Flood threatens to close a quarter of U.S. roads, critical buildings

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Scenes after heavy rains flooded a suburban parking lot in Reston, Va., With some cars completely submerged.

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A quarter of roads in the United States would be impassable in the event of flooding, according to a new study from the First Street Foundation that examines flood threats to critical infrastructure across the country.

The report estimates that more than 2 million kilometers of road are threatened by flooding. It also says the flooding could shut down a quarter of critical buildings and facilities, including airports, hospitals, government buildings, places of worship, museums and schools. The First Street study comes after a summer of flooding that killed dozens of people in the United States and destroyed billions of dollars in infrastructure.

Which communities are most at risk? The report identifies areas with “established flood risk,” such as the floodplains along the Gulf of Mexico and the southeast coast. But the First Street risk assessment also provides city and county level information for each state and Washington DC. says Jeremy Porter, head of research and development at First Street, a technology-focused nonprofit research group.

The report – First Street’s third national flood risk assessment – builds on its previous findings on residential properties. These new findings for roads, critical buildings and commercial properties are even more urgent, Porter says.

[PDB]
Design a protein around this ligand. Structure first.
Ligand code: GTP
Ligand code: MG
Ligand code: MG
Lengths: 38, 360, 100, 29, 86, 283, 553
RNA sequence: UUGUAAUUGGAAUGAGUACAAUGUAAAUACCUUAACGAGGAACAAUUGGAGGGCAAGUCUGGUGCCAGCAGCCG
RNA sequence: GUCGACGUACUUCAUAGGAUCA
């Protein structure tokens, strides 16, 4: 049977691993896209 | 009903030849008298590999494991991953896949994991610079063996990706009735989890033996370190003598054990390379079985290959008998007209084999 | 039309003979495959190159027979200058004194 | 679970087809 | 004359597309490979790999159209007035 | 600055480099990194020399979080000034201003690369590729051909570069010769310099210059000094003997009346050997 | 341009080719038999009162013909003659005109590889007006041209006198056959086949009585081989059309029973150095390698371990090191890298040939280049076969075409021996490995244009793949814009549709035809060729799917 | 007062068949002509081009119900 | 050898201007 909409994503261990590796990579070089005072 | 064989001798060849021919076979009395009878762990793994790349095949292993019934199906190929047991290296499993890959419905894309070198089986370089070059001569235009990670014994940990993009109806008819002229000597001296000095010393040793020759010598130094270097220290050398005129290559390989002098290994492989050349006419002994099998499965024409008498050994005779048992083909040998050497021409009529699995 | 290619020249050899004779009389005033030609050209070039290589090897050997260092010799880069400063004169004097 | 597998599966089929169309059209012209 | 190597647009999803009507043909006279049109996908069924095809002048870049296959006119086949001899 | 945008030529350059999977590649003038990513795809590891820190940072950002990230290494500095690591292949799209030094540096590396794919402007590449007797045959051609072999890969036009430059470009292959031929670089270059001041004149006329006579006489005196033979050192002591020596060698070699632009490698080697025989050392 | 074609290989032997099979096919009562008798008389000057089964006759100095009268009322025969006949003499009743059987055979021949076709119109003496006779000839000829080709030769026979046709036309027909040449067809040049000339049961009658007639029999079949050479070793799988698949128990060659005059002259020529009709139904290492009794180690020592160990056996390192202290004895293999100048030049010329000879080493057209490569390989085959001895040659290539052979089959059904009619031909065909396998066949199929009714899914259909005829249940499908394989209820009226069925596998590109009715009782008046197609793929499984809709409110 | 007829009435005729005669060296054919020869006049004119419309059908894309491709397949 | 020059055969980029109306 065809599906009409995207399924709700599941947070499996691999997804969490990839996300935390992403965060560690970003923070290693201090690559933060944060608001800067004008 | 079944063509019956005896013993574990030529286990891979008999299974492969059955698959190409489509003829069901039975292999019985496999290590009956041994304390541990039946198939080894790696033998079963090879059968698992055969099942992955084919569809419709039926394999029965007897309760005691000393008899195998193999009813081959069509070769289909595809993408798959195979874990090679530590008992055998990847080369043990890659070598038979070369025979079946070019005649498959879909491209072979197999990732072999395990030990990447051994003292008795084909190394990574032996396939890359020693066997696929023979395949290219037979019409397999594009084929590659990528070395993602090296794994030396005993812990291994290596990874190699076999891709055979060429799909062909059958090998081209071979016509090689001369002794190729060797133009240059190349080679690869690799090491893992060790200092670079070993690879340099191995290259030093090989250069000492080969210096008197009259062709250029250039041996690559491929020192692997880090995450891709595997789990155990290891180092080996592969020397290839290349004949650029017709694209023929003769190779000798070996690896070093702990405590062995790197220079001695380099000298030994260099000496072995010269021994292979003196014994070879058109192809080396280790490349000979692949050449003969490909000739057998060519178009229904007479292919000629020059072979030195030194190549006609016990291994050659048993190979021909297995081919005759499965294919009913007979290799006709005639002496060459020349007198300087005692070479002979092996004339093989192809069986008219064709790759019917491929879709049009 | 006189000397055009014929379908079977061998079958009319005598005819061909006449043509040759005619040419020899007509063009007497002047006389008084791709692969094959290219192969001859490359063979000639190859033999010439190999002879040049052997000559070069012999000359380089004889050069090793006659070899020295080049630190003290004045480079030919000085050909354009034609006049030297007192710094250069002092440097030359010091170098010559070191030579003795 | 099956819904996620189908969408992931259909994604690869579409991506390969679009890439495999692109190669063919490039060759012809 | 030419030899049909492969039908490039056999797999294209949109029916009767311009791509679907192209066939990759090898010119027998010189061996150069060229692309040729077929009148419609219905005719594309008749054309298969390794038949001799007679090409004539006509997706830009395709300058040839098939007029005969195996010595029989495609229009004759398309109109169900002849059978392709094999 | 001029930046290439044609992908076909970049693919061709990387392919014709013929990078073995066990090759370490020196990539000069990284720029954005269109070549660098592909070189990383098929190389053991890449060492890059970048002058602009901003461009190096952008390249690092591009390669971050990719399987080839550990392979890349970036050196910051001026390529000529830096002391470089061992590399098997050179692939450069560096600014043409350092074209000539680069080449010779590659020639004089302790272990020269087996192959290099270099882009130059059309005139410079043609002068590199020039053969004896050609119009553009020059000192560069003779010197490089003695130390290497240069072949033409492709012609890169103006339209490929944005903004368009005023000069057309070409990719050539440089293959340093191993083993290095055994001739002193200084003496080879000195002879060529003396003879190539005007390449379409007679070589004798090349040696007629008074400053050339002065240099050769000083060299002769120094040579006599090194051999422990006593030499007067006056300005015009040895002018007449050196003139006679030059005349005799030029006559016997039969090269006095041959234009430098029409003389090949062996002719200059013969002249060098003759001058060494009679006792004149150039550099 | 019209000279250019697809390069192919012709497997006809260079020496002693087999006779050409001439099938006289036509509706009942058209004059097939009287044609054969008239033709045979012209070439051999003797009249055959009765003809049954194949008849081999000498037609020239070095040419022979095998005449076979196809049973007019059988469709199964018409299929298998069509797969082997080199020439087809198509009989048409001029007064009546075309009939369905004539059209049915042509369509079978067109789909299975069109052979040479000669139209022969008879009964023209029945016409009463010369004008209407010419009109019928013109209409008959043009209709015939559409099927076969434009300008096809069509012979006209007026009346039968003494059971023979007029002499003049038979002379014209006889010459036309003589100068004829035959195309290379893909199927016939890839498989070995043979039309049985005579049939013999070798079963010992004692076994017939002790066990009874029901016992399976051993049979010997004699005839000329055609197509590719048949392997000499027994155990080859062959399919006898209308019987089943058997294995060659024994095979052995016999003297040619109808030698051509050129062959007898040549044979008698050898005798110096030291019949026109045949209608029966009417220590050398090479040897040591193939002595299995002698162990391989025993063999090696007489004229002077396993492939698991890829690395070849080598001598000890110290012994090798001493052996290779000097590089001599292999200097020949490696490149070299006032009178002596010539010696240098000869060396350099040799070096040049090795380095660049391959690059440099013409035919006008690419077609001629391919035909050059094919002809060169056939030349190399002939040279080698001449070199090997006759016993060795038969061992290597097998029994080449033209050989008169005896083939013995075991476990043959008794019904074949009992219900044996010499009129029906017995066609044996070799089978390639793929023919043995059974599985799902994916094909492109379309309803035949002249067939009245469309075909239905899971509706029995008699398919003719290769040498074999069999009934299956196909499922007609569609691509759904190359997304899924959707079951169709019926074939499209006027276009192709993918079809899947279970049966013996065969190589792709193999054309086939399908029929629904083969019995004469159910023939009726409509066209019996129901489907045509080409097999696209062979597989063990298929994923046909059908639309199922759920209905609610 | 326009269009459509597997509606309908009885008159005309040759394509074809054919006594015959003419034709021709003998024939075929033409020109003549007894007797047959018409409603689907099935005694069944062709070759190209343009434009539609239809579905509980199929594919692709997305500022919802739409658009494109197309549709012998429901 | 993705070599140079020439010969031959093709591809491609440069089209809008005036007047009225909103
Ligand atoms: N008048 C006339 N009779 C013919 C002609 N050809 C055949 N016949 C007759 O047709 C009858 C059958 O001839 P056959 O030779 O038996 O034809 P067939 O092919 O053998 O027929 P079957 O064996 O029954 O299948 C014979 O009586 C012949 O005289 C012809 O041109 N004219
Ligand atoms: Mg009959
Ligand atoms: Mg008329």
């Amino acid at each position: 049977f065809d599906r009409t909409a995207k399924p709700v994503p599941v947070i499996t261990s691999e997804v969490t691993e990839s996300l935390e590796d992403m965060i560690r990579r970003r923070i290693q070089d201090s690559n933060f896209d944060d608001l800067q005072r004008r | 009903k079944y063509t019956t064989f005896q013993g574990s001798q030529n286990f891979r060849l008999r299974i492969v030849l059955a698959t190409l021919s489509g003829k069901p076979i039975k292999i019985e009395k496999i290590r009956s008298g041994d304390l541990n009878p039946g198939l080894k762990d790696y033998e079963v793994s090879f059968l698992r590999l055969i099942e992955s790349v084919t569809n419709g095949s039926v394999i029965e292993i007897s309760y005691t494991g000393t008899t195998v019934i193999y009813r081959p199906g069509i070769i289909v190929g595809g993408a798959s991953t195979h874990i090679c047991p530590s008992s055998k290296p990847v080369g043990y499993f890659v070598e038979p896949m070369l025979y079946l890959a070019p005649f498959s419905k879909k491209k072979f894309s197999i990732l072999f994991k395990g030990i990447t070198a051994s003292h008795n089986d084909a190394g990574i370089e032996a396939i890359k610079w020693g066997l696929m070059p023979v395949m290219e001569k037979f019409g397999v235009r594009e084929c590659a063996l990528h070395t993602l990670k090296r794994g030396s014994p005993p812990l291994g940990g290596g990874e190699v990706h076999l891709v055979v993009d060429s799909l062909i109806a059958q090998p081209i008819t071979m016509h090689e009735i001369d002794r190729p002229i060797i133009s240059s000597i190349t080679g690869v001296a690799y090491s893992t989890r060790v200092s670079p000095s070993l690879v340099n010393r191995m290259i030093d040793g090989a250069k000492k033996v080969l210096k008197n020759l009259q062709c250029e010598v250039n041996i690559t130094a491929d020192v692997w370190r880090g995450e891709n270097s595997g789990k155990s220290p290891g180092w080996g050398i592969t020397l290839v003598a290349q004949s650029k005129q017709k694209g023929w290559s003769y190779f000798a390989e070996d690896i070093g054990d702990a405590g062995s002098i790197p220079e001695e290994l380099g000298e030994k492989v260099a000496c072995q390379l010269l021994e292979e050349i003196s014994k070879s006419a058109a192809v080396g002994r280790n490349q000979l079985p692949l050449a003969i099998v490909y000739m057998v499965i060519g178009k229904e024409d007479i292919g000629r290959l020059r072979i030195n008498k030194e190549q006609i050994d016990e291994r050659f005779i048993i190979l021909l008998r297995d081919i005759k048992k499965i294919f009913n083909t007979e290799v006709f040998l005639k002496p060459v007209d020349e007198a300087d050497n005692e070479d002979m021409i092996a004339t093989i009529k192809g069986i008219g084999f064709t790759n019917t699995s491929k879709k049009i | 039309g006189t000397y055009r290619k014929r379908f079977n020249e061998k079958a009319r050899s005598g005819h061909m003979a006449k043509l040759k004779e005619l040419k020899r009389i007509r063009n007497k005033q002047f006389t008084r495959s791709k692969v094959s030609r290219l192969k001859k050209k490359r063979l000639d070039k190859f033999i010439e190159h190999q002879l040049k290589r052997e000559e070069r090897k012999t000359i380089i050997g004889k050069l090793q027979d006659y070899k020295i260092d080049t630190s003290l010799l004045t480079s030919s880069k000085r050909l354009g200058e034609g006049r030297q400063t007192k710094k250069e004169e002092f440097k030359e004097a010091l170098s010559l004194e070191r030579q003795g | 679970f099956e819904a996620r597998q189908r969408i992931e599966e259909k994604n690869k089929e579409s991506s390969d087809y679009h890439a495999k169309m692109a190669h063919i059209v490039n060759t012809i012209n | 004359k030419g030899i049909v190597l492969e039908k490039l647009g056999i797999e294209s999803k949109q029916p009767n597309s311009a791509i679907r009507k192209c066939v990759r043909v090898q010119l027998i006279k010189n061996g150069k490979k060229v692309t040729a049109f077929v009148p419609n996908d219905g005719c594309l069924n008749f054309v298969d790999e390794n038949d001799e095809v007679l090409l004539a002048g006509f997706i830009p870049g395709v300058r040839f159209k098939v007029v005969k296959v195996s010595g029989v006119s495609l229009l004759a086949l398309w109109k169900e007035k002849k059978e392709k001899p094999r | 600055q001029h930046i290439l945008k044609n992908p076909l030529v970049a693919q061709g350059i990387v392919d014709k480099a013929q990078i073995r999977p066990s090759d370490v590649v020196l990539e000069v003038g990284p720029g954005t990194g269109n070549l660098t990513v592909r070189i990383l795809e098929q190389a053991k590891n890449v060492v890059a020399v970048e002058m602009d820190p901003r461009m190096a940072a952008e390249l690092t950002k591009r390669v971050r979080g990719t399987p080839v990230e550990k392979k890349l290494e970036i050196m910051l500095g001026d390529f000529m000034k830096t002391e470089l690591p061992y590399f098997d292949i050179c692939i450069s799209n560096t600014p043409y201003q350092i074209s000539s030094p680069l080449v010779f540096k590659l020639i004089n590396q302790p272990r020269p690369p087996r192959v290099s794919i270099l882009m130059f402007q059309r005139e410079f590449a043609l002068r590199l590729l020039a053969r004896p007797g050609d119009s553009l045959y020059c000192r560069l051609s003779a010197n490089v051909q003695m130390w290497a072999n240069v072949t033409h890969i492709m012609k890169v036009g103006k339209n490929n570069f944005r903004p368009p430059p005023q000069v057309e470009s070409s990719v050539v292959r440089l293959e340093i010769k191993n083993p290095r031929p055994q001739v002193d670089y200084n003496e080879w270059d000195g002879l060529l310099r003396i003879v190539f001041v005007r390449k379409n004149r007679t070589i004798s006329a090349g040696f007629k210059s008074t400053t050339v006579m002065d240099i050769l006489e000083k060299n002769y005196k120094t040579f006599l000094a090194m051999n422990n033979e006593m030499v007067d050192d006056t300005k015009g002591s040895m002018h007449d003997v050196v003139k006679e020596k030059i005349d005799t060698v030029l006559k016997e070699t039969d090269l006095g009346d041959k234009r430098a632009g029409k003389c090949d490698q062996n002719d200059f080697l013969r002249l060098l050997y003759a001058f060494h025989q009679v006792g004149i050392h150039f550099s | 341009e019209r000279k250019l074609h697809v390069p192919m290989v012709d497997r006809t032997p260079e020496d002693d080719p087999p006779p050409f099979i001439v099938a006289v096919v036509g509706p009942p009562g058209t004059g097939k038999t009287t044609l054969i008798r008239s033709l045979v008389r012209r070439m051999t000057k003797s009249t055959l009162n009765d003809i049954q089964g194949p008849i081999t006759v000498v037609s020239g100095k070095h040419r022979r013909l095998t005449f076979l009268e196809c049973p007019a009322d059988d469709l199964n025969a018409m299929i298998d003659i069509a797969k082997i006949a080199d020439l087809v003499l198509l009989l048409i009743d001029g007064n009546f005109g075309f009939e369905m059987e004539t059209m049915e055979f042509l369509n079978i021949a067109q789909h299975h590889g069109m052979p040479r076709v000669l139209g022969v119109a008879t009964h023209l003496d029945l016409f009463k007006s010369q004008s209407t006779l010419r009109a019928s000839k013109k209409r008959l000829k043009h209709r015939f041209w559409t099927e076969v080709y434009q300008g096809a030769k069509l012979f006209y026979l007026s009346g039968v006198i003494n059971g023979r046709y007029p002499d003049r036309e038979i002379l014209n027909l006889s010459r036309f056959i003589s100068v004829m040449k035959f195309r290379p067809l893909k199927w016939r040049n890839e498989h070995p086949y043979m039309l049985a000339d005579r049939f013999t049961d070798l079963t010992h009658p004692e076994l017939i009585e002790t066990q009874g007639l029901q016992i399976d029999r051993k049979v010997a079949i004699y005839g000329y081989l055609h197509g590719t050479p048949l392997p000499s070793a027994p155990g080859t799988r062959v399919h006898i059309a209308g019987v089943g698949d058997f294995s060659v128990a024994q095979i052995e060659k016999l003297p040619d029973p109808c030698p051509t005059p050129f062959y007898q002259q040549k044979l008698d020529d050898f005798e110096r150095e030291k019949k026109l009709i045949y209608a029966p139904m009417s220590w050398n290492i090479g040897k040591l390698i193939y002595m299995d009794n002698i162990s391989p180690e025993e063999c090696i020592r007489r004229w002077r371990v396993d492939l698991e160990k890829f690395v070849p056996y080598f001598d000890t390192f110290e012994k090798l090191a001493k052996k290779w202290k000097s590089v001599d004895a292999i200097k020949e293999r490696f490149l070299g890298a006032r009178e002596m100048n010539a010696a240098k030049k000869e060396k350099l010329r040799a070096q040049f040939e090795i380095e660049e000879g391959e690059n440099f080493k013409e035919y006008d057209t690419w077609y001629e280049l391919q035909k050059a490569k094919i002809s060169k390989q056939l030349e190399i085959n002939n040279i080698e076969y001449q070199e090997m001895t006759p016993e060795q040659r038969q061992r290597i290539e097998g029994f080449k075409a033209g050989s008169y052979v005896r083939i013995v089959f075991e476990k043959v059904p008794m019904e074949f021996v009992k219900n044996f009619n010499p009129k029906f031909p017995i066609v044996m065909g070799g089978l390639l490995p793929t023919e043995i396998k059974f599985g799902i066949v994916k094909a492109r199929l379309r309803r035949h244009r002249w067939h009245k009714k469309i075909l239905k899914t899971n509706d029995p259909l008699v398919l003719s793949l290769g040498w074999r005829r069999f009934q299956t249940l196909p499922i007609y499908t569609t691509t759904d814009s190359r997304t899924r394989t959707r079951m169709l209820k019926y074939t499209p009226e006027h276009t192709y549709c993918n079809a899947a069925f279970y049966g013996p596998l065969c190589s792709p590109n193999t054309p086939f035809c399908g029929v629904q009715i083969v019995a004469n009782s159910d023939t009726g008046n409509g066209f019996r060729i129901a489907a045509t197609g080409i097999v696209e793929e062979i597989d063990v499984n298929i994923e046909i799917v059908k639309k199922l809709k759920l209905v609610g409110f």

An aerial view of a Middlesex <a class=community as floodwaters blanket the streets after Hurricane Ida left flash floods behind on the east coast. A of the First Street Foundation estimates that more than 2 million kilometers of road are threatened by flooding.”/>

An aerial view of a Middlesex community as floodwaters blanket the streets after Hurricane Ida left flash floods behind on the east coast. A of the First Street Foundation estimates that more than 2 million kilometers of road are threatened by flooding.

Anadolu Agency / Anadolu Agency via Getty Images

“We actually found that 25% of all critical infrastructure was at risk nationwide, while only about 14% of residential properties were at risk,” Porter said. Of all property types, he adds, “residential properties were actually the least risky.”

These infrastructure risks will only worsen over time as flooding becomes more frequent and severe due to extreme rainfall and sea level rise fueled by climate change.

First Street found that while 2 million kilometers of roads are affected today, the number is expected to increase to 2.2 million kilometers in 30 years. Commercial properties can expect a 7% increase in the risk associated with flooding between 2021 and 2051. According to the study, 35,776 critical infrastructure is now threatened by flooding. This number would increase to 37,786 establishments by 2051.

A handful of measures to protect roads and construction infrastructure from flooding are included in two key pieces of legislation mired in Congress: the $ 1,000 billion infrastructure bill and a 3,500 billion budget reconciliation program. billions of dollars.

But federal funding is just one part, Porter says. Resources like First Street’s Flood Factor tool, which allows people to determine their property’s flood risk as well as future projections, can help Americans act proactively. And big cities are already monitoring their flood risk. But smaller communities will need more help to strengthen flood protection.

“Miami, New York, they have the money, they have engineers, they can do a lot of things themselves. But the vast majority of communities across the country have no idea what their risk is.” , Porter says. “Part of this infrastructure bill includes a climate component, but there is also a [need] that communities understand their risks and demand the funds “that Congress is trying to push through.

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